The first study inspired the second, “Planetary Caves: A Solar System View of Products and Processes.” Wynne discovered that no effort had been made to catalog planetary caves throughout the solar system, which is another critical piece of the big-picture puzzle. He gathered a new team of planetary scientists to investigate that question.
“With the necessary financial investment and institutional support, the necessary advancements in research and technological development over the next decade are attainable,” Wynne said. “We now have two foundational papers that I hope will help propel planetary cave research from an armchair contemplative exercise to robots probing planetary subsurfaces.”
What we know about extraterrestrial caves
There are a lot of them. Scientists have identified at least 3,545 potential caves on 11 different moons and planets throughout the solar system, including the Moon, Mars, and moons of Jupiter and Saturn. Cave formation processes have even been identified on comets and asteroids. If the surrounding environment allows for access into the subsurface, that presents an opportunity for scientific discovery that’s never been available before.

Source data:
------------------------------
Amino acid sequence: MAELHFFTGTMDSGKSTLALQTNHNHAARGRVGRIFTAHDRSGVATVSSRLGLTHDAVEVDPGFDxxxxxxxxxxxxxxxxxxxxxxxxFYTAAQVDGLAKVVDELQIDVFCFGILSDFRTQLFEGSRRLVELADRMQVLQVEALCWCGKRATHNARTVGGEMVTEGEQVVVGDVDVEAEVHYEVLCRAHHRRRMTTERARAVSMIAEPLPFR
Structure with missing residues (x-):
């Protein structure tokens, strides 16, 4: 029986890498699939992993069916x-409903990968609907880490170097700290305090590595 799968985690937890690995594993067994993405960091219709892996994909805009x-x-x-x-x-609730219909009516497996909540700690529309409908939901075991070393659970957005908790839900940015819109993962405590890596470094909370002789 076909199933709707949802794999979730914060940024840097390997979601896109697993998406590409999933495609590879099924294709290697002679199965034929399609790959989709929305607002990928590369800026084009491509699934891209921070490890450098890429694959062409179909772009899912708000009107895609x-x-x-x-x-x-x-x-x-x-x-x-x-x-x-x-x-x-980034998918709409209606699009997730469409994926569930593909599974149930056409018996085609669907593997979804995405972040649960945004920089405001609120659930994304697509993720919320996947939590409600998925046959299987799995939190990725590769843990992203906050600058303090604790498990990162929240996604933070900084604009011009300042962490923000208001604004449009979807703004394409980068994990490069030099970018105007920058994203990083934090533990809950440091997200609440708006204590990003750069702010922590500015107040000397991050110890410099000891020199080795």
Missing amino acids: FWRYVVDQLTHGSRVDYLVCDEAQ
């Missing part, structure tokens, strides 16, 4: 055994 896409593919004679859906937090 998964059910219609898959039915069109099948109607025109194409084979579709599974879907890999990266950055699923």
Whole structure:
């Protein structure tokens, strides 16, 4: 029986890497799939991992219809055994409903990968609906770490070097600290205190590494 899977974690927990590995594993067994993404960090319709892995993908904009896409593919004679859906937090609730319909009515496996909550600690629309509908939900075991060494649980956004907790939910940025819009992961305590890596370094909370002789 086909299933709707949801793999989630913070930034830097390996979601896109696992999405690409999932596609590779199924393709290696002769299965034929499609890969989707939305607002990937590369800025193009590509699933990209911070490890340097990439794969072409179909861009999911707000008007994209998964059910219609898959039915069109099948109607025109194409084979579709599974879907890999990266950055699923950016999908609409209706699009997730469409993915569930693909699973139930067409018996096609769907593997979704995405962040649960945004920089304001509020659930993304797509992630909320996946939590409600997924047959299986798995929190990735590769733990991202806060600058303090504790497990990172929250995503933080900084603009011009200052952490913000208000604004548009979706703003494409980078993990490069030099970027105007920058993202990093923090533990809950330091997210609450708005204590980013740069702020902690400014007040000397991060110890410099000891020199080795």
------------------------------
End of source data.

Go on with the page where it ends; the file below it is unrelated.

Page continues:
The discoveries in these caves could be massive. Caves may one day allow scientists to “peer into the depths” of these rocky and icy bodies, which will provide insights into how they were formed (but also can provide further insights into how Earth was formed). They could also, of course, hold secrets of life.
“Caves on many planetary surfaces represent one of the best environments to look for evidence of extinct or possibly extant lifeforms,” Wynne explained. “For example, because Martian caves are protected from lethal surface radiation and violent windstorms, they are more likely to have a more consistent temperature regime than the surface, and some may even contain water ice. As a result, caves on Mars have become one of the most important exploration targets in the search for life.”
These same factors make caves suitable locations for astronaut shelters on Mars and the Moon when crewed missions are able to explore.